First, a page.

It is quite easy to remove the dried pavers from these flexi-tubs but to protect the tub you should spray the inside with either cooking oil or spray a mix of dish liquid and water inside. Tip the concrete mixture into your tub:
Grab the sides of the tub and give it a really good shake until the air bubbles rise to the top:
I left the two tubs in the shade of the garage for 24 hours (don't leave them in the sun to cure). If the weather is hot, cover them with plastic while they cure. 

This is what they looked like when I carefully tipped them out the next day. They dry to a lighter colour with time. Ideally you should apply concrete sealer to protect them from moss and other slippery plants that might grow on them with time. Avoid walking on them for about a week to give them time to harden.

Animal drinking trough
I made this trough to place under a shady tree so that the chickens could have a place to drink when they are out scratching in the garden (and the dog will probably drink from it too). I've filled it with water to wash out the lime taste, but apparently it won't harm the hens like it harms plants. Sealing the inside would protect it from slime growing at the bottom, but I don't really want to risk having chemicals in their drinking water.

I mixed vermiculite into my concrete mixture again (to add some texture and make it lighter), but its hardly even noticeable except around the rim.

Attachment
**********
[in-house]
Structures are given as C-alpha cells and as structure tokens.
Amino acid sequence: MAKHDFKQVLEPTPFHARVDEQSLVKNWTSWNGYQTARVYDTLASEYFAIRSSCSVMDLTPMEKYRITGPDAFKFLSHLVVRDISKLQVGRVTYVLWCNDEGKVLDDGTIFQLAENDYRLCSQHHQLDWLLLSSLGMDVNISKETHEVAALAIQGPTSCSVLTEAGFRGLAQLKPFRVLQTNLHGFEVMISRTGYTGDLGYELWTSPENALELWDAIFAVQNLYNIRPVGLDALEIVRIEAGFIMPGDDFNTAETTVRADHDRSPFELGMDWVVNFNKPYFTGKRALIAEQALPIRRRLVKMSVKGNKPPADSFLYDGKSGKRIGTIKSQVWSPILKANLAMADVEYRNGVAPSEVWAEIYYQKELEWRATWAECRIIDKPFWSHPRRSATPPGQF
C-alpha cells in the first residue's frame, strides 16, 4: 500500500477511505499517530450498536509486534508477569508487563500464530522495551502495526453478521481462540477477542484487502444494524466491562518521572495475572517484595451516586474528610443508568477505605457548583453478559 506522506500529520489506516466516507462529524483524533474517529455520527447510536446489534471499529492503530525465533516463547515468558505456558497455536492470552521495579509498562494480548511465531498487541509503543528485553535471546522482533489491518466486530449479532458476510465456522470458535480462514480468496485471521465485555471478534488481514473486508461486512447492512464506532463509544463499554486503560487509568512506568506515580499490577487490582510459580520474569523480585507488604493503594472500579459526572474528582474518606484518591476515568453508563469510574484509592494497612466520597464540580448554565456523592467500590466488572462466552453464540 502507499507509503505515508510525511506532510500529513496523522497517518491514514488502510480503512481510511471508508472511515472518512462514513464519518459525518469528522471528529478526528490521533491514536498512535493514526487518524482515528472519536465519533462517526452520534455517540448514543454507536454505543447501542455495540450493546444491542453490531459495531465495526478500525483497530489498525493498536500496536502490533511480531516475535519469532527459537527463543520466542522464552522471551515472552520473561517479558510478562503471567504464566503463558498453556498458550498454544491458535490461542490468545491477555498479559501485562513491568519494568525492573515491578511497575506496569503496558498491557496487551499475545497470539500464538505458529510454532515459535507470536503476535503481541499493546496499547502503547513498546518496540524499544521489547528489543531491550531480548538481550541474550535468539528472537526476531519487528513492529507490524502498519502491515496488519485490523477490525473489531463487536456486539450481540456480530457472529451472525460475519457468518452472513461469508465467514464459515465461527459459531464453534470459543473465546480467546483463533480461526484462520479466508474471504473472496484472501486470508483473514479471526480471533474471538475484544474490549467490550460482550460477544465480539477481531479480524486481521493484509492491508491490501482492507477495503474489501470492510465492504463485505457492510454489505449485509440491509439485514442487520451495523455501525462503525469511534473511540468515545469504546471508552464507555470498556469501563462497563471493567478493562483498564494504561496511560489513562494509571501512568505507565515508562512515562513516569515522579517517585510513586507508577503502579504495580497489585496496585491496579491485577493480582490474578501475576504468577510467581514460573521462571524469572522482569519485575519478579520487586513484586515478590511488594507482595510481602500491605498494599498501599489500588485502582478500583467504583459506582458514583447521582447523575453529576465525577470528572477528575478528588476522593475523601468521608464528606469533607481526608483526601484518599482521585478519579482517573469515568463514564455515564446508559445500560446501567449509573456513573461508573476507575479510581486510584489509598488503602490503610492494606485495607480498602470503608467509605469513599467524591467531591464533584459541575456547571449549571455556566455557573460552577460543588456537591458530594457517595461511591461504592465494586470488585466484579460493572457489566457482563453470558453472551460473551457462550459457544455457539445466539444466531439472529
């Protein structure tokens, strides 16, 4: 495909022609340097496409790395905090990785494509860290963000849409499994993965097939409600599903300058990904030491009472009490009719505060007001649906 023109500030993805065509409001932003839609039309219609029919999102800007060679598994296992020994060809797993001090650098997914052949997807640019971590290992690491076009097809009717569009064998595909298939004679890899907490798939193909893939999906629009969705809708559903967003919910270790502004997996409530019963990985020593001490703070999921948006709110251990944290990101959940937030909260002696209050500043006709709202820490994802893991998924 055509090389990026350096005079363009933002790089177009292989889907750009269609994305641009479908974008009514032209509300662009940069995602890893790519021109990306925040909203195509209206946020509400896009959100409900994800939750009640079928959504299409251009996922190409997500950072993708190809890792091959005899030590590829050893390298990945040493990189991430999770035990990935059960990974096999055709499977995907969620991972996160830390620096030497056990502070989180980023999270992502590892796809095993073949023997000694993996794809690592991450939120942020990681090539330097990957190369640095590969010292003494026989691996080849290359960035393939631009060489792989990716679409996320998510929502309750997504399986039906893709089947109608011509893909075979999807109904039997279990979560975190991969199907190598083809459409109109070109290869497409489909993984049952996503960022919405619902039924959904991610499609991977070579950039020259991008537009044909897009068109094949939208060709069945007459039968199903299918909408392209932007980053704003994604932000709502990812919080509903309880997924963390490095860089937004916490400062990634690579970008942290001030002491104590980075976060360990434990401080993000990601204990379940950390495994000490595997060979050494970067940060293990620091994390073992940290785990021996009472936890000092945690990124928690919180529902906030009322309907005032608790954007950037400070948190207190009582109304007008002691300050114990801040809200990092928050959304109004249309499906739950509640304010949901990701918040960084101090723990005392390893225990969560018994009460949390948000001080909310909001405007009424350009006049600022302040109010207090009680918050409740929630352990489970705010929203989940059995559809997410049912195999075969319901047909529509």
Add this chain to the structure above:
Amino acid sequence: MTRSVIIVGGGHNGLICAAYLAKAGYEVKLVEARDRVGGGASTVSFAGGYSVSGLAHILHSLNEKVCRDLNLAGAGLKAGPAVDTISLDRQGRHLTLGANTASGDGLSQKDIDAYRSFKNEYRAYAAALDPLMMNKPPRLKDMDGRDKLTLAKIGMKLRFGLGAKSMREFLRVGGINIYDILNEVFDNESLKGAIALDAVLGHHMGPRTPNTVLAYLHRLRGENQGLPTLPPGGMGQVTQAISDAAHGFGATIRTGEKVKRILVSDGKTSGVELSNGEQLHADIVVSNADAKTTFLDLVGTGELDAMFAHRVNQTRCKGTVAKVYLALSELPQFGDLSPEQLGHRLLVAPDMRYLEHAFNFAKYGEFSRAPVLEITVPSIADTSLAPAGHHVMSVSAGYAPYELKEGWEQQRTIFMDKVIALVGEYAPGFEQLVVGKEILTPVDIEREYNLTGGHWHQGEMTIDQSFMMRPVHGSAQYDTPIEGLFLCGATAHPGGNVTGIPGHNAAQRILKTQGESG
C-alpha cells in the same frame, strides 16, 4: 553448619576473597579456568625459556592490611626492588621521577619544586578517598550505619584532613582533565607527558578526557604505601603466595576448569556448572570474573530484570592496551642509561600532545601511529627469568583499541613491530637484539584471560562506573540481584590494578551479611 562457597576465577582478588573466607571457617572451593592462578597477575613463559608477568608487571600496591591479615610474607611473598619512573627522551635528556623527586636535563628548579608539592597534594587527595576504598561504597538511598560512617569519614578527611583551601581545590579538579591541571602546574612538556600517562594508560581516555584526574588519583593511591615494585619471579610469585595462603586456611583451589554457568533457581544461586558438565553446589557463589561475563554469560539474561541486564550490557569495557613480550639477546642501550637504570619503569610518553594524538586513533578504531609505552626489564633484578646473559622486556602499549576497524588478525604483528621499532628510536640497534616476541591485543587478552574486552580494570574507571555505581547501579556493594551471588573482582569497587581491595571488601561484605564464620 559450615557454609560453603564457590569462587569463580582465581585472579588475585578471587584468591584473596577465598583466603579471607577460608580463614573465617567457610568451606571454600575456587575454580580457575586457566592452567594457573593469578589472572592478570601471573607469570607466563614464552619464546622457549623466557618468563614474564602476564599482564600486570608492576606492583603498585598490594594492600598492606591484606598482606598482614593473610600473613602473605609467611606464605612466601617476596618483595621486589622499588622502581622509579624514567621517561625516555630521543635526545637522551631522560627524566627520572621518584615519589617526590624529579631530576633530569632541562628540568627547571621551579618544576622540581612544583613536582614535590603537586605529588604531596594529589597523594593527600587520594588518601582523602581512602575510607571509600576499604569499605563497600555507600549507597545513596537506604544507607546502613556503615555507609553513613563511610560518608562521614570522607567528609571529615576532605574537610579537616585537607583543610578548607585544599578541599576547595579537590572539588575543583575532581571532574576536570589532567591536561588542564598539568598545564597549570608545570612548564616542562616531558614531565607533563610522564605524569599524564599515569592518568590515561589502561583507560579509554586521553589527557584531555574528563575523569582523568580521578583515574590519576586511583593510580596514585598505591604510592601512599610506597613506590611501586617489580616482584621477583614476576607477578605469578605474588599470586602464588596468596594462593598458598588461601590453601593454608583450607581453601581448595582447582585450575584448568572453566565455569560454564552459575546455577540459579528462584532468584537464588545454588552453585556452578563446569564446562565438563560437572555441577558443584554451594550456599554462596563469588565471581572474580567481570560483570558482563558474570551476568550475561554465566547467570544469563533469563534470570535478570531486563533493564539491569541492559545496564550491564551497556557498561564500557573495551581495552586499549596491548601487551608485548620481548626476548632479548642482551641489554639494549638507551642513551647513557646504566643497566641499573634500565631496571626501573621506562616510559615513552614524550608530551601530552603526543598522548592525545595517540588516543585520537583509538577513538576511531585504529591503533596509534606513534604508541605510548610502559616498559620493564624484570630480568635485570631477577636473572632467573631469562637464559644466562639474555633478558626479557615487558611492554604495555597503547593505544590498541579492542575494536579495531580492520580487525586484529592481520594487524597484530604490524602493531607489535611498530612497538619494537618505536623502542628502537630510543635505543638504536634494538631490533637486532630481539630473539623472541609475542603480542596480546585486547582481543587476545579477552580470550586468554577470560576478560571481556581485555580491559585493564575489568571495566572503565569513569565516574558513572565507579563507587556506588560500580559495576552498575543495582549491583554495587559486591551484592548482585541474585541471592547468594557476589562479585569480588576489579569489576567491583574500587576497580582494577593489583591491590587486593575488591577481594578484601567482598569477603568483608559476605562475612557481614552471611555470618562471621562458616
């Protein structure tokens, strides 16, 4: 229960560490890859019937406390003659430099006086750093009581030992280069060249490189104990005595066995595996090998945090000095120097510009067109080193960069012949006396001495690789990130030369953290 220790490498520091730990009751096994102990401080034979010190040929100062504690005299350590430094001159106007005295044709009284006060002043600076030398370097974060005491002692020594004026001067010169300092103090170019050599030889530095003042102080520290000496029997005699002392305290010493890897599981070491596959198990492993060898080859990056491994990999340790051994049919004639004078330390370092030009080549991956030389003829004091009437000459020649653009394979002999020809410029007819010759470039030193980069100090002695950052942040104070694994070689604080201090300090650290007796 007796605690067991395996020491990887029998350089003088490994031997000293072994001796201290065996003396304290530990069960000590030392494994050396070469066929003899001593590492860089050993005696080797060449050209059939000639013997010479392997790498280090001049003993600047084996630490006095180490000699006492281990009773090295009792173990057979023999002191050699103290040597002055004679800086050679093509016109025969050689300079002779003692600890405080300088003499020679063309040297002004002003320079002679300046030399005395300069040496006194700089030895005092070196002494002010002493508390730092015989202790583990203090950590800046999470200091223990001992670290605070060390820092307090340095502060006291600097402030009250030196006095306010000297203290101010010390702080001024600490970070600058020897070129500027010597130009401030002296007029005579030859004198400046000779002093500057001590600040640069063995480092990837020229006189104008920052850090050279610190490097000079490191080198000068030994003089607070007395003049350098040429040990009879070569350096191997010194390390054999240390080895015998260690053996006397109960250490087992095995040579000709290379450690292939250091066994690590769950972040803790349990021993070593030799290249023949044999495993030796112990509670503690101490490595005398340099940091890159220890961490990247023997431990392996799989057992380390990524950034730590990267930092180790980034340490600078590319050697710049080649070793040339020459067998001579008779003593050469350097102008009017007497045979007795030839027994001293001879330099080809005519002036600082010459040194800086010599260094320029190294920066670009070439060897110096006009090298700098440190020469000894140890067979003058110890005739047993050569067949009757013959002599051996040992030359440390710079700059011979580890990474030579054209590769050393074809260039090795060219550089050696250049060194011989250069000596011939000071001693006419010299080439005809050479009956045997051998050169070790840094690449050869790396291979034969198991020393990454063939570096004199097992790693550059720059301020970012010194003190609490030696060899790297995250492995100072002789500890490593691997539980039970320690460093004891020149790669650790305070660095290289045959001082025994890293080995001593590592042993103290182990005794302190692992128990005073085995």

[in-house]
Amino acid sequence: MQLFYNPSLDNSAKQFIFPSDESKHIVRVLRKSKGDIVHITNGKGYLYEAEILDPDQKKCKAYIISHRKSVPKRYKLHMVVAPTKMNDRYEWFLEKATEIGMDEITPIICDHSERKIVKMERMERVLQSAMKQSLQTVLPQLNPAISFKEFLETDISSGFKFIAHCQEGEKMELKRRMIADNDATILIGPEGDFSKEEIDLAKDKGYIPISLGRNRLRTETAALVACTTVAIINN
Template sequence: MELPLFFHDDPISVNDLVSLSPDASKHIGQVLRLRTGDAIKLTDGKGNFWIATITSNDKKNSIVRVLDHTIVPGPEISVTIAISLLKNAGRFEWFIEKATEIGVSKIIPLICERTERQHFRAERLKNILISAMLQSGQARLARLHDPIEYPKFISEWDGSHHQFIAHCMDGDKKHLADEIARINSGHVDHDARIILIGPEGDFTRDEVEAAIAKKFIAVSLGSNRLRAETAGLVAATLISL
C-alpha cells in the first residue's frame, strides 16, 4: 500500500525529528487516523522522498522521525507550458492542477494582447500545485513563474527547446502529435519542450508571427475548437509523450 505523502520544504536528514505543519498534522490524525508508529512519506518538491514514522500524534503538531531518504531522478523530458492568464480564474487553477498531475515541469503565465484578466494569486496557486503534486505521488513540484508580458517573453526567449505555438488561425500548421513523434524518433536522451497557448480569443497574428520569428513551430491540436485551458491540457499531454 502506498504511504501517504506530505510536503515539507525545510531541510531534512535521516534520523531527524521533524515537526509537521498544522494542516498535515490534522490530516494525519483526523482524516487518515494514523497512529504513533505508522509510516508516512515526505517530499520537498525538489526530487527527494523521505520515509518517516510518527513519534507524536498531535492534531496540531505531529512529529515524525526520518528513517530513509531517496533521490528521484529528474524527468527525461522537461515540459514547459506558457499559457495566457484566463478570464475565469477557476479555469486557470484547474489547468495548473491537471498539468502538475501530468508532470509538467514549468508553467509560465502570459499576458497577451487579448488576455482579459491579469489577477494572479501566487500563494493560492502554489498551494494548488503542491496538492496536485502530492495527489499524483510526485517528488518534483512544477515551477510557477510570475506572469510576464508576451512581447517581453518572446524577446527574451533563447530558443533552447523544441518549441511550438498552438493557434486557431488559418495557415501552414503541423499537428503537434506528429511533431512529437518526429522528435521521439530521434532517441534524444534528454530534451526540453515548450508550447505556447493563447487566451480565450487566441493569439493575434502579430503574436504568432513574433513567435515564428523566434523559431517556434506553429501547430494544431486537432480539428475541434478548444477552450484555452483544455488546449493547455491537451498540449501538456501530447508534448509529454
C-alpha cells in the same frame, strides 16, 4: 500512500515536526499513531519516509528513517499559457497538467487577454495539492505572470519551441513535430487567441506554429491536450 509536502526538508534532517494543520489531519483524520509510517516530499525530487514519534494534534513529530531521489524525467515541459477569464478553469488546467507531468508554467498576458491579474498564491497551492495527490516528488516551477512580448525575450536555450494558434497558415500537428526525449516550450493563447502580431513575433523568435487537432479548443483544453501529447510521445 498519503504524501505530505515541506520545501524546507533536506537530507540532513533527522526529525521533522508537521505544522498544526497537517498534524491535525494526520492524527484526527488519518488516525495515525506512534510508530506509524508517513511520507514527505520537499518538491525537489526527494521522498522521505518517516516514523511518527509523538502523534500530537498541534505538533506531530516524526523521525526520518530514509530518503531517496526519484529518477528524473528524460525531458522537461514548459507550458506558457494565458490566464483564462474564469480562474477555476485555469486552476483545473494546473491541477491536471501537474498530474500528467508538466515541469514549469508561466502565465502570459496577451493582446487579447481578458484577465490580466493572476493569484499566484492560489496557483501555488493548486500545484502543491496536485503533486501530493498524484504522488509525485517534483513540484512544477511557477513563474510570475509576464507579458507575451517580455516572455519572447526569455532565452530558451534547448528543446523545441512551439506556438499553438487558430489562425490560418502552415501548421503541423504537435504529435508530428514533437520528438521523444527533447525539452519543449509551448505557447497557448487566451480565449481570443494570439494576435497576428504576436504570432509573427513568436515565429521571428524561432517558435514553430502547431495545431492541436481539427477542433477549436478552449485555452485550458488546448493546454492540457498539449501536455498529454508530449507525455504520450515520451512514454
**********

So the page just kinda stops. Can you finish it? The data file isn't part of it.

The bottom and sides should be about 4cm thick (1.5 inches) for strength. I sprayed dilluted dish liquid into the flexi-tub and on the bottom and sides of the plastic bucket that I used to mix the concrete in. I poured all of the concrete mixture into the tub and then filled the bucket with water (to weigh it down and wash out the concrete mix). I then pushed the bucket into the concrete mix until it was 4cm from the bottom.
Try to get it as centred as possible to ensure that all sides are equal in thickness. Leave for at least 24 hours in the shade.
Using bought paver moulds
Our kitchen looks onto a herb garden that I'm currently building. I wanted to use "nice" pavers rather that just laundry tub pavers, so I bought these two moulds off an auction website. If you want to buy some just search "concrete mould" or "mold" in the US, also known as "forms". Many companies sell these online.
I've chosen a cobblestone look and a picture of NZ (note that pictures will be backwards). The instructions say to use cement only, rather than concrete, otherwise the picture will have air bubbles and flaws on it. I've chosen to pour cement in halfway up and then pour concrete to the top. That way the paver will be stronger (due to having aggregate at the bottom).

Concrete colouring agents are cheap to buy so we bought one to create a terracotta look for the herb garden pavers. I decided to experiment by mixing it up quite roughly to get a mottled look of part stone colour and part terracotta:

I made a couple more without the coloured powder:
Here are all the pavers ready to be placed around the garden:

1 comment:

  1. That is very cool, thanks for sharing this! I actually just recommended to a friend that he get a similar project like this done. I then told him to contact EP Henry at Roxbury because they did my project and I knew that they would do a good job for his.